Projects such as looking at blood flow in the coronary arteries highlight the value of computation to understand problems in a variety of disciplines, including engineering, medicine, biology, the physical sciences and business.
Seeing the need to expand course offerings and graduate student research opportunities, Cherry Murray, dean of the Harvard School of Engineering and Applied Sciences, announced in September the formation of a new Institute of Applied Computational Sciences, directed by Efthimios Kaxiras, John H. Van Vleck Professor of pure and applied physics at Harvard.
So far, the idea is to expand course offerings while building a full curriculum, Kaxiras says. This fall the university began assembling an advisory committee including Harvard faculty from engineering and physical sciences and the medical and business schools.
“We are bringing together a range of people who have knowledge in computation but also interest in pursuing computational approaches,” Kaxiras says. That focus also extends outside the academy to include individuals from industry and national laboratories to understand computational needs in “the real world.”
David Brown, deputy associate director for science and technology at Lawrence Livermore National Laboratory and an advisor to the new program, says that “like experimentation, computation is a scientific approach, and there is a learning curve. We need scientists who are conversant in computation, which is only just starting to gain the maturity of experimentation and observation.”
Brown noted that Harvard students have access to an IBM Blue Gene testbed, a small machine that shares architecture with the massively parallel supercomputers at the national laboratories. “It enables students to get the codes running there at the Institute, then take them to a big machine and run their simulations.”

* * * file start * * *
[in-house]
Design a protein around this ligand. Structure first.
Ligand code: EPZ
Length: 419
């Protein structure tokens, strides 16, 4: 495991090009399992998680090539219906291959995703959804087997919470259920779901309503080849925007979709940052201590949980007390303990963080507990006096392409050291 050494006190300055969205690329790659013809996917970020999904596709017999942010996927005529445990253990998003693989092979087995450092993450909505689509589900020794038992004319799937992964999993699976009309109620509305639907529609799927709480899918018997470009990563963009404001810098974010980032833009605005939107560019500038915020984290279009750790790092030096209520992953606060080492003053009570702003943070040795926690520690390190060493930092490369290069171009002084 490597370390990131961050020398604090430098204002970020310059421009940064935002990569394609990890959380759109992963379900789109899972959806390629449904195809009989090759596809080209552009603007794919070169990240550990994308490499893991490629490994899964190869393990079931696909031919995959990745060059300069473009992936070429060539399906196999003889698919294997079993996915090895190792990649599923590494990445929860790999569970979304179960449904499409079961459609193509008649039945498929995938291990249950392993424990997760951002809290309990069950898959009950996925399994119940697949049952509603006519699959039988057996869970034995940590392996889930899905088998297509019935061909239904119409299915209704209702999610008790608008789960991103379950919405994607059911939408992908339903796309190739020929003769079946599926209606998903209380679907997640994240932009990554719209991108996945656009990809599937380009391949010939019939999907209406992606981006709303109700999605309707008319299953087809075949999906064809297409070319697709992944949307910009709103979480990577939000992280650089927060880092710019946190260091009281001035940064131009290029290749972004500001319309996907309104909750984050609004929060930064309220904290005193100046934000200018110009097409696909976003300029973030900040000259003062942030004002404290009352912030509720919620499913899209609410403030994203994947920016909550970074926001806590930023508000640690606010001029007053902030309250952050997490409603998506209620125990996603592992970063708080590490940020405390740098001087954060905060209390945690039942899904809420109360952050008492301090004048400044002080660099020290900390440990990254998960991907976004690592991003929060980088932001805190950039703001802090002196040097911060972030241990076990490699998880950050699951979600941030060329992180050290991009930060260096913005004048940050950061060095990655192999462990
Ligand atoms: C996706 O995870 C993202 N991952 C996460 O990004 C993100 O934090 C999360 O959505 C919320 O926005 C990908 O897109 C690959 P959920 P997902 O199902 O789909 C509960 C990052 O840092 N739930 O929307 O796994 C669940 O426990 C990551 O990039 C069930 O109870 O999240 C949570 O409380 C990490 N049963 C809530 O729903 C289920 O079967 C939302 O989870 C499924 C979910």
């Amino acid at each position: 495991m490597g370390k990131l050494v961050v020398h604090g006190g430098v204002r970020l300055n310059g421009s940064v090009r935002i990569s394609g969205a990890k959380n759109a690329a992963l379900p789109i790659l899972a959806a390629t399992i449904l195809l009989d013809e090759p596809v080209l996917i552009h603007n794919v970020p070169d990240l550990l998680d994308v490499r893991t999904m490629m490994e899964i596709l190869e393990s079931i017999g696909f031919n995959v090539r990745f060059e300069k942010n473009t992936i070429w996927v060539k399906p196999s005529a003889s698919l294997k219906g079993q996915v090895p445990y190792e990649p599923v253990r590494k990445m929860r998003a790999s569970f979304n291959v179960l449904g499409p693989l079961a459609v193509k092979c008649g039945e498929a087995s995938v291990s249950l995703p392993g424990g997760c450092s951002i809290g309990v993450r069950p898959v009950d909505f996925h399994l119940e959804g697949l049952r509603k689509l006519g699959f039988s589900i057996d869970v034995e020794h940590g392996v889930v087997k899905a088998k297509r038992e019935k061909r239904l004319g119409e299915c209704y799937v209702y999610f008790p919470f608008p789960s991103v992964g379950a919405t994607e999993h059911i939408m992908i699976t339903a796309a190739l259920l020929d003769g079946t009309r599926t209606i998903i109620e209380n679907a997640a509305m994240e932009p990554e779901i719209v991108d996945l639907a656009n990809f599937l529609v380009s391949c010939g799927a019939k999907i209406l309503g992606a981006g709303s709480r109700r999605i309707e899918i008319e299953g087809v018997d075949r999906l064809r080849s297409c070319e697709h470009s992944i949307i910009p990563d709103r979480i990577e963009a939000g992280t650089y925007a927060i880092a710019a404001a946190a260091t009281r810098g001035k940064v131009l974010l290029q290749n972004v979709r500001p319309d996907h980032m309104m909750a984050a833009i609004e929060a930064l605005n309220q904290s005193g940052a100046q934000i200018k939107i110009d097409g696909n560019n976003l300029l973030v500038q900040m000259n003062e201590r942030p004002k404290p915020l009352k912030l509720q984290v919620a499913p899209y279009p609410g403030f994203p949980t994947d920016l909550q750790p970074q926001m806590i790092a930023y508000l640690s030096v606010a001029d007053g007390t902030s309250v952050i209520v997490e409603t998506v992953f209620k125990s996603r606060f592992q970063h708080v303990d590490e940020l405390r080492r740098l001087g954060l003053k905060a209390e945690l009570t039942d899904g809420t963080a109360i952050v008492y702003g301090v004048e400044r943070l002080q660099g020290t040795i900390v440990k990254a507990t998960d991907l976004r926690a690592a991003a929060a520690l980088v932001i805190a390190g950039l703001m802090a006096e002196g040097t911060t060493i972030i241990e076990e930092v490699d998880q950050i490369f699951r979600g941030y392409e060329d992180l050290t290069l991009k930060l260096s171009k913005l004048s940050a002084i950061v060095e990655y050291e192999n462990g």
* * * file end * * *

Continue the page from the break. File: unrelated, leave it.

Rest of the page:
In the spring, Harvard plans to offer a few new computational courses that could include computational approaches in fluids or materials science or stochastic methods in computational science. Over the next few years, Kaxiras hopes that the curriculum and framework might be in place for a full-fledged computational science graduate program.
Sarah Webb has been freelancing from the New York City area since 2004. She has covered chemistry and materials science for Science News and worked in-house at both Discover and Popular Science. She holds a Ph.D. in chemistry, an undergraduate degree in German and completed a Fulbright fellowship doing organic chemistry research in Germany. She is a member of the National Association of Science Writers, the American Society of Journalists and Authors, the Society of Environmental Journalists, the American Association for the Advancement of Science and is a past co-president of the Science Writers in New York (SWINY).